This story was originally published on April 17, 2015.
Think Earth day was started by a group of tree-hugging hippies? That’s just part of the story. In fact, the first Earth Day was actually the brainchild of a U.S. Senator from Wisconsin. And according to environmental historian Adam Rome, author of The Genius of Earth Day, Sen. Gaylord Nelson’s story itself is pretty amazing.
Nelson had been governor of Wisconsin in the late ‘50s and early ‘60s and was already interested in environmental issues back then. By the time he was elected to the Senate, he had decided that the environment was the great challenge of the ‘60s.
He introduced legislation in the Senate dealing with issues like pesticides and water pollution, but none of it passed. Finally, in 1969, he decided he needed to try a different approach and came up with the idea for what eventually became Earth Day.
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“There’d been a disastrous oil spill off Santa Barbara, California, and he had been out there to see it,” Rome says. “Then, when he was flying back to Washington, he read an article about a tactic that the anti-Vietnam War movement had used earlier in the decade to raise awareness and to really spark action. And that was the teach-in—a kind of politicized extracurricular event on campuses. He thought the same thing about the environment could really energize and empower people.”
Nelson’s own Senate staff was soon overwhelmed by the interest in a national environmental teach-in, and so he hired a small staff of 20-somethings to help him.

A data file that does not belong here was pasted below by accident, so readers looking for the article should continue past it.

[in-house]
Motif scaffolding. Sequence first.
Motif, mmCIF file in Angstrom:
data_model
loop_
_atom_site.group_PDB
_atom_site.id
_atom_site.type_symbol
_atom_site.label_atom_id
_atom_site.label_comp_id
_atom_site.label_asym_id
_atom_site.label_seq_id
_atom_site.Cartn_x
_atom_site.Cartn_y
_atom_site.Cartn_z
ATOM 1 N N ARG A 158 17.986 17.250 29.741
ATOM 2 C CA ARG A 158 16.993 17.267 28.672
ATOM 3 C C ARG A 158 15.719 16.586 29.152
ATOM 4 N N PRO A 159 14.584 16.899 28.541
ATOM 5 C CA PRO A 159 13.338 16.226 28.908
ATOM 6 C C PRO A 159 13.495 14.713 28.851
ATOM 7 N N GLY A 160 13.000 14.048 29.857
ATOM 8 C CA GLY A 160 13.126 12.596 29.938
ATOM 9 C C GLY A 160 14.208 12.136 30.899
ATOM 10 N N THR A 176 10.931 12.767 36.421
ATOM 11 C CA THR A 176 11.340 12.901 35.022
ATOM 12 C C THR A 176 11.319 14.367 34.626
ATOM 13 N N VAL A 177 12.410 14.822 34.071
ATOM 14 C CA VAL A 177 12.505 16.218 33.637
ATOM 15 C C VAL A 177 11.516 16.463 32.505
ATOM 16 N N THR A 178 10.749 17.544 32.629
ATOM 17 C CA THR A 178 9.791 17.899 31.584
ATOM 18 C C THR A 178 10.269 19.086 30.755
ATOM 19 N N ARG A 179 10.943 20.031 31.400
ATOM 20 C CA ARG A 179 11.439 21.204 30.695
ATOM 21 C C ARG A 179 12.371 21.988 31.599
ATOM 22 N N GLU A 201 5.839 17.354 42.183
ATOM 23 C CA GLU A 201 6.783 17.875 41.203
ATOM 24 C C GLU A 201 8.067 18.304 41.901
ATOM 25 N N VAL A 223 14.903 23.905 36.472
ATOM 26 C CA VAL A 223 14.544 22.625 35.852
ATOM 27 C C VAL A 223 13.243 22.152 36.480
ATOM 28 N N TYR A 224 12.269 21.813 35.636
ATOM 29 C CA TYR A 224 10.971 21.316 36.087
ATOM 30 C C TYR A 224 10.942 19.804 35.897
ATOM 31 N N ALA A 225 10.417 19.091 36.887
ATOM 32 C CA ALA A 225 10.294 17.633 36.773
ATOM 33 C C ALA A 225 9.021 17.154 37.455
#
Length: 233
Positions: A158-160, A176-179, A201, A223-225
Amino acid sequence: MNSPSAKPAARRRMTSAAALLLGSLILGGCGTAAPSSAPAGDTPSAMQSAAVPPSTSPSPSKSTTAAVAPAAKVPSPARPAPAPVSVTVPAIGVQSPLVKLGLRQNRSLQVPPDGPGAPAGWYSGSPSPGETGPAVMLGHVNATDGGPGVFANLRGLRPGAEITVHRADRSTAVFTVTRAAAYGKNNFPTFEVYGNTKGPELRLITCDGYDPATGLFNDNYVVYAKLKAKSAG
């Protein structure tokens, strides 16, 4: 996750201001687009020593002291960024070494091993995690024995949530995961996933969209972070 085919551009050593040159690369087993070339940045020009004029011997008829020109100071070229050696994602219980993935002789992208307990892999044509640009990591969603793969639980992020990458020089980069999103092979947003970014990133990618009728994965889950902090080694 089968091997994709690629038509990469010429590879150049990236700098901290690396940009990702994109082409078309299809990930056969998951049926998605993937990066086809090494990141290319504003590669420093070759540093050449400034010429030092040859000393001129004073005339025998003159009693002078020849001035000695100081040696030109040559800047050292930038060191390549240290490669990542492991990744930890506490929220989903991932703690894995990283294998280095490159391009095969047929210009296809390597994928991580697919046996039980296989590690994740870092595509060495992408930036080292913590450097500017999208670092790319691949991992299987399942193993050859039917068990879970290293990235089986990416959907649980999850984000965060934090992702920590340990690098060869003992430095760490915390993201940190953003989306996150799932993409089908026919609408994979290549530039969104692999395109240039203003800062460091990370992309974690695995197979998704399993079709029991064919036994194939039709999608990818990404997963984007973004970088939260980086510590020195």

Rome says the real genius of Earth Day was its organization. It brought together the power of the Washington establishment—which Gaylord Nelson represented—with the unbelievable creativity and energy of the grassroots. It was the thousands of local organizers around the country that really made Earth Day happen.
And Rome says it was a motley crew—students, politicians, protesters, and surprisingly, industry. Even the United Auto Workers got involved.
“Walter Reuther, the head of the UAW, resolved that they were going to make the environment a bargaining issue,” Rome says. “They weren’t happy about making cars that were huge air polluters. Unfortunately, Reuther died in a plane crash just a few weeks after Earth Day and was never able to continue what he had begun to do.”
Women also played a big role, according to Rome.
“Housewives were very important, for a lot of reasons. This was an important way for them to do something politically, to do something outside the home, but often to protect the health and well-being of their family and their community.”
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Rome says it was more than a day. Earth Day gave the environmental movement a name.
“It brought together, literally, often on the same stage, activists who had worked separately before. You know, air pollution—none of the national conservation groups worked on that. That was all local organizations like Stamp Out Smog in Los Angeles. And all of a sudden, people who had worked on wilderness, or who had worked on air pollution or water pollution, or pesticides or sprawl, suddenly began to think that these issues weren’t separate.”
After Earth Day, there were volumes of books published about the environment, environmental studies programs sprang up at universities and the environment became a beat for journalists.
“And after Earth Day, there’s this tidal wave of environmental legislation: the Clean Air Act, Clean Water Act—you name it. That probably wouldn’t have happened, or certainly in not so quick and uncontroversial a form, without Earth Day,” Rome says.
All of that from one senator and a diverse group of people who thought the environment was worth talking about.